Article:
Herman Cain
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Politicians use words to inspire, cajole and convince people that their particular policy prescriptions are without fault and beneficial to both the least among us and the nation as a whole. Unfortunately, some politicians also use words to deceive people with a rhetorical frequency and intensity that overshadow reality for the uninformed voter.

Pundits often analyze a politician’s positions on the most prominent issues as distinct from his vision of sound fiscal policy. The shrewdest of lawmakers, however, seek to blur the distinctions, arguing that their brand of fiscal policy is a sure-fire cure for all of our social ills. The blurred lines are most apparent when the political rhetoric turns to discussion of taxation and government spending.

Examples abound, and politicians are careful to couch their desire for higher tax rates as benefiting some sort of common good. Presidential candidate Sen. Hillary Clinton (D-NY) recently stated that she wants to “take those profits” from oil companies to fund alternative sources of energy. House Ways and Means Committee Chairman Charles Rangel (D-NY) said last week that he wants to “rearrange” tax rates to achieve a more “equitable distribution” of the 2001 and 2003 tax rate cuts. His goal is to “offset” the “cost” of limiting or eliminating the Alternative Minimum Tax, which threatens millions of taxpayers. The website Politico.com reported last week that Democrats plan to pay for $700 million in health care for poor children with “revenue enhancements.”

Taking corporate profits, rearranging tax rates, offsetting tax rate cuts and enhancing revenue are clever rhetorical twists for advocating the same goal – raising tax rates on corporations and individuals deemed most able to pay more taxes.

The tax pushers buttress their arguments not only in terms of all the common good they plan to achieve, but in the “scoring” estimates of tax legislation produced by the Congressional Budget Office (CBO). Since the CBO was created in 1974, one of its duties is to estimate the “cost” of a proposed tax rate increase or decrease. That is, the supposed positive or negative effect of tax rates on the rate’s ability to generate federal revenues. The problem is the CBO uses what is referred to as static, instead of dynamic, scoring methods.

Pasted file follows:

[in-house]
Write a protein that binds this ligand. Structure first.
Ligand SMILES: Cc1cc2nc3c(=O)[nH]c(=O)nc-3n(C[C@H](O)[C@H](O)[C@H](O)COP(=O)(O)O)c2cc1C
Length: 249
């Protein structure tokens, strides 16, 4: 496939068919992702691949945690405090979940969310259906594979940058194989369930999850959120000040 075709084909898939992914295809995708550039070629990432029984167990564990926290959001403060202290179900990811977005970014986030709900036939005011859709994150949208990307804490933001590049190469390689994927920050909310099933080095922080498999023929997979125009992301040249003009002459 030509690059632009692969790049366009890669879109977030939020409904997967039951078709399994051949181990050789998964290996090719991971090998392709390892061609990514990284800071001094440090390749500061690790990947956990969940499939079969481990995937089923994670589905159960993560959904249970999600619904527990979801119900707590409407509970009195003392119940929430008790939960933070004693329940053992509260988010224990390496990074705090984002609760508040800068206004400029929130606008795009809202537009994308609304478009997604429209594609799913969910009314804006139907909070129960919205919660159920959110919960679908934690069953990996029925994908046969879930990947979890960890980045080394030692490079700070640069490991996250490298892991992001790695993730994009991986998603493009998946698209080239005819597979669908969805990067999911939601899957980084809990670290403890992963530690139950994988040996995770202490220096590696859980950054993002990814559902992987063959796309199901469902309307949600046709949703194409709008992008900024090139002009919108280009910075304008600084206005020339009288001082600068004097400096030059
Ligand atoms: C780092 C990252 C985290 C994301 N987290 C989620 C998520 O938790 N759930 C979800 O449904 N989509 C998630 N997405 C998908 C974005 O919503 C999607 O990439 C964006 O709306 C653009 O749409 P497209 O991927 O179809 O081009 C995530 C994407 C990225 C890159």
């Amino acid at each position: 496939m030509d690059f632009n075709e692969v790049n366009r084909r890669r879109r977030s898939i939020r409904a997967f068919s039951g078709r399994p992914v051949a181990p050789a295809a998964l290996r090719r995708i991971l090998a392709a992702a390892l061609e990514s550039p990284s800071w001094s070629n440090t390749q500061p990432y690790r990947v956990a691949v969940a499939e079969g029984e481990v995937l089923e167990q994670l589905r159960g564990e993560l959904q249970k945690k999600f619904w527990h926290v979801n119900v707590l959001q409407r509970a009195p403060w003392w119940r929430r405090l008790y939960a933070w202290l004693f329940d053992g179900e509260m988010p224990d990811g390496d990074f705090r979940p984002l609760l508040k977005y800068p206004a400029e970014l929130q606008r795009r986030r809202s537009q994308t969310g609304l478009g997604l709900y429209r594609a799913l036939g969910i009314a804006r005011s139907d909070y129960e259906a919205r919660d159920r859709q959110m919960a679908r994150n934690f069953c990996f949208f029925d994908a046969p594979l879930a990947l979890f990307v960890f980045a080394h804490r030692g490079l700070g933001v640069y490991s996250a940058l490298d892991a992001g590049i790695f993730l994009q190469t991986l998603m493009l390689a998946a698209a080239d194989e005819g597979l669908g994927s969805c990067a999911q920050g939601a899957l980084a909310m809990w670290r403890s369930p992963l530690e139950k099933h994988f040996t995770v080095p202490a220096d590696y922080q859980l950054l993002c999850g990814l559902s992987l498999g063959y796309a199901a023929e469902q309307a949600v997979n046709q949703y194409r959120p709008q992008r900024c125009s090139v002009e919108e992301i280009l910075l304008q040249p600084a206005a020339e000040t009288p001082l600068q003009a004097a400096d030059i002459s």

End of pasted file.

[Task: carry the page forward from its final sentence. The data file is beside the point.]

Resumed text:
Static scoring estimates merely look at the proposed tax rate change and calculate a corresponding increase or decrease in federal revenues. A static CBO score would estimate, for example, that a 5 percent income tax rate reduction would reduce federal revenues by the same 5 percent. The tax pushers then argue that the 5 percent tax cut will cause a budget deficit. Therefore, Congress can’t possibly pass the tax cut because it “costs” too much and we can’t “pay for it.”

The claim that reductions in tax rates have a “cost” is ultimately an argument that we all work for the federal government. Politicians who decry the alleged cost – in their minds, a reduction in federal revenues – either do not understand the positive economic impact of low tax rates on growing the economy, personal wealth and the federal coffers, or, they want to deceive the public. I think the latter.

At the 2006 Conservative Political Action Conference, Vice President Cheney stated that the 2001 and 2003 tax rate cuts contributed to an historic surge in federal revenues. Cheney was correct. The Heritage Foundation found that capital gains tax revenues doubled following the 2003 rate cut. Tax revenues in 2006 were 18.4 percent of gross domestic product, a percentage that is above the 20-year, 40-year, and 60-year historical averages.

Though Cheney is correct, he is, in fact, making the wrong argument for low tax rates. Supporters of low to zero tax rates on income are not necessarily fans of more taxpayer dollars poured into the congressional trough.

Big government advocates focus the argument on taxation levels and not on federal spending, which is the real root cause of budget deficits. Look at your personal finances. No matter your level of income, if you spend 100 percent of your money and max out your credit cards you have a personal budget deficit. If you spend only that amount of income needed for necessities, you run a personal surplus.

The problem is not in the amount of income, but in the amount of spending. When members of Congress argue that lower income tax rates will cause budget deficits, they are acting disingenuous to say the least.

The entire 20th Century is a testament to the folly of believing that the Marxist philosophy of “from each according to his ability, to each according to his needs” can outgain or outlast a governmental form that pledges to protect individual rights and the pursuit, but not the guarantee, of happiness.

Political rhetoric around the issues of taxation and spending, the two issues from which Congress derives its power, will be with us as long as politicians have to stand for election.

Deceptive rhetoric is a reality, but it can’t distort reality for truly informed voters. We just need more of them.

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Herman Cain

Herman Cain is the National Chairman of the Media Research Center’s Business & Media Institute. He is the former president and CEO of Godfather’s Pizza, Inc., and currently is CEO and president of T.H.E. New Voice, Inc., a business and leadership consulting company.

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